Labour’s blue budget

writes:

But inside this was a blue not a red one. It’s a description neither Labour nor National would like bestowed on Budget 2018 but this was a triumph of neoliberalism or at least a continuation of it.

Oh, not if you listen to the words of ministers, urging us to see this as rebuilding the frayed social fabric after years of neglect. But don’t listen to the words. Look at the numbers.

For years Labour has gone on about Health being underfunded by $2 billion a year. And in this budget they actually increased Vote Health by less than National did in 2017! Their rhetoric was just that.

Not only has Finance Minister Grant Robertson delivered a surplus of more than $3 billion, rising to more than $7 billion by 2021, he is actually going to spend less than National has been spending as a percentage of GDP.

Government spending – or core crown expenses in the jargon – will be 28 percent of GDP. That is lower than the figure for almost all of National’s three terms in office.

As a fiscal conservative, I’m pleased with this. However quality of spending matters also. They are wasting billions of dollars on free tertiary fees. I’d much rather that money went into areas of real need.

The glaring omission in this Budget was spending for Māori Development. I’ve written in this column before that the government strategy seems to be mainstreaming rather than targeted assistance for Māori. But even given that strategy the allocations are breathtakingly small.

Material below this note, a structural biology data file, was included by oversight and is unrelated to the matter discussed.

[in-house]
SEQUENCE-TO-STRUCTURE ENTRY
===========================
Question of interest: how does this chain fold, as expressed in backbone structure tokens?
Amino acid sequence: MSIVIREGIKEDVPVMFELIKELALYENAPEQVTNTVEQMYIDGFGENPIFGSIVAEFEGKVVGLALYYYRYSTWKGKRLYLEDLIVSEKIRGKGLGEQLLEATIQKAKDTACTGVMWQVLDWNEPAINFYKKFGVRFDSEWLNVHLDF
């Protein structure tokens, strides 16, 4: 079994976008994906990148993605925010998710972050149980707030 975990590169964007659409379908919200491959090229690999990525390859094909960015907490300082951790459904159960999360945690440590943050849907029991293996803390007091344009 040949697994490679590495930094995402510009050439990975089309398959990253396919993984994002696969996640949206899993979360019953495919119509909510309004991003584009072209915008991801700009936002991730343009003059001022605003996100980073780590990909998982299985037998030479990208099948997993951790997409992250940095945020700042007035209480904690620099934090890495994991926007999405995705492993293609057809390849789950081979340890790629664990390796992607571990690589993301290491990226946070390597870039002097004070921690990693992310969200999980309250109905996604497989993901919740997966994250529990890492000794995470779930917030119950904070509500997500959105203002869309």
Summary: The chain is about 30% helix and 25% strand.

Buried at the back of the Budget press pack is a release outlining just $37 million for Māori Development over four years, initiatives for housing, land development and youth not in work or education.

When you consider the Crown spends nearly $90 billion, it’s striking that the might of the Labour Māori caucus – there are five ministers’ names on that press statement – can only deliver $9 million a year.

Now Labour holds all the Maori seats and has got rid of the Maori Party, they can go back to take Maori for granted.

This looked like National’s tenth Budget rather than Labour’s first.

Some National budgets were effectively Labour lite budgets. This is a National lite budget.

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